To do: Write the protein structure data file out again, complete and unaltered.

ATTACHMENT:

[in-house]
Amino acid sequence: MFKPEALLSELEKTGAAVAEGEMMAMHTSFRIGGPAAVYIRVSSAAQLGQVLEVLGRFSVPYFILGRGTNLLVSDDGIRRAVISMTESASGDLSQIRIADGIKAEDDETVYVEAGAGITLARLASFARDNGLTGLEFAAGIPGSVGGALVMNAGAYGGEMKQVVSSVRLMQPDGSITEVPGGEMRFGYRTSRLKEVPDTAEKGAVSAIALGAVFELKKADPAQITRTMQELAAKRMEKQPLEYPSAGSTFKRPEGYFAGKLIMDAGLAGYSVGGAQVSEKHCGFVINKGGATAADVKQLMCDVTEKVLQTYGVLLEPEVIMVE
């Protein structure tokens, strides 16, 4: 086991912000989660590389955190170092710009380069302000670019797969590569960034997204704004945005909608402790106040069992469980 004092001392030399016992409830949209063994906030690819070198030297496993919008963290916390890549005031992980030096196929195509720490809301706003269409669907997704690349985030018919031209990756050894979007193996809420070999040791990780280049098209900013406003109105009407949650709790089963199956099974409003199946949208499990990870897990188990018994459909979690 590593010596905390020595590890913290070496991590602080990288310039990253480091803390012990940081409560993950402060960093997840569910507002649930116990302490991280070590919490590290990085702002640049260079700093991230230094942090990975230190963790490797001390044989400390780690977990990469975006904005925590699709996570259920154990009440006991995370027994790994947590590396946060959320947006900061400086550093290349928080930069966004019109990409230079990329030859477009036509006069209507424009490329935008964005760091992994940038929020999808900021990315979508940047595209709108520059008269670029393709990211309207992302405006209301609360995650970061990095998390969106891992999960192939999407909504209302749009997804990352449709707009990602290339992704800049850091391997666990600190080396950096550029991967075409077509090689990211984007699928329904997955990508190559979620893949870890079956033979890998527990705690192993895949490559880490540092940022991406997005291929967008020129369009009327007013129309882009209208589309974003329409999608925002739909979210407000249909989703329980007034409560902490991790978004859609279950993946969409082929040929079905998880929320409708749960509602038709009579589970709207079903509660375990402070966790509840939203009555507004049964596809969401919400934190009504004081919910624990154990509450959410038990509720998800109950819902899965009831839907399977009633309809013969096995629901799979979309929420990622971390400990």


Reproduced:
[in-house]
Amino acid sequence: MFKPEALLSELEKTGAAVAEGEMMAMHTSFRIGGPAAVYIRVSSAAQLGQVLEVLGRFSVPYFILGRGTNLLVSDDGIRRAVISMTESASGDLSQIRIADGIKAEDDETVYVEAGAGITLARLASFARDNGLTGLEFAAGIPGSVGGALVMNAGAYGGEMKQVVSSVRLMQPDGSITEVPGGEMRFGYRTSRLKEVPDTAEKGAVSAIALGAVFELKKADPAQITRTMQELAAKRMEKQPLEYPSAGSTFKRPEGYFAGKLIMDAGLAGYSVGGAQVSEKHCGFVINKGGATAADVKQLMCDVTEKVLQTYGVLLEPEVIMVE
């Protein structure tokens, strides 16, 4: 086991912000989660590389955190170092710009380069302000670019797969590569960034997204704004945005909608402790106040069992469980 004092001392030399016992409830949209063994906030690819070198030297496993919008963290916390890549005031992980030096196929195509720490809301706003269409669907997704690349985030018919031209990756050894979007193996809420070999040791990780280049098209900013406003109105009407949650709790089963199956099974409003199946949208499990990870897990188990018994459909979690 590593010596905390020595590890913290070496991590602080990288310039990253480091803390012990940081409560993950402060960093997840569910507002649930116990302490991280070590919490590290990085702002640049260079700093991230230094942090990975230190963790490797001390044989400390780690977990990469975006904005925590699709996570259920154990009440006991995370027994790994947590590396946060959320947006900061400086550093290349928080930069966004019109990409230079990329030859477009036509006069209507424009490329935008964005760091992994940038929020999808900021990315979508940047595209709108520059008269670029393709990211309207992302405006209301609360995650970061990095998390969106891992999960192939999407909504209302749009997804990352449709707009990602290339992704800049850091391997666990600190080396950096550029991967075409077509090689990211984007699928329904997955990508190559979620893949870890079956033979890998527990705690192993895949490559880490540092940022991406997005291929967008020129369009009327007013129309882009209208589309974003329409999608925002739909979210407000249909989703329980007034409560902490991790978004859609279950993946969409082929040929079905998880929320409708749960509602038709009579589970709207079903509660375990402070966790509840939203009555507004049964596809969401919400934190009504004081919910624990154990509450959410038990509720998800109950819902899965009831839907399977009633309809013969096995629901799979979309929420990622971390400990």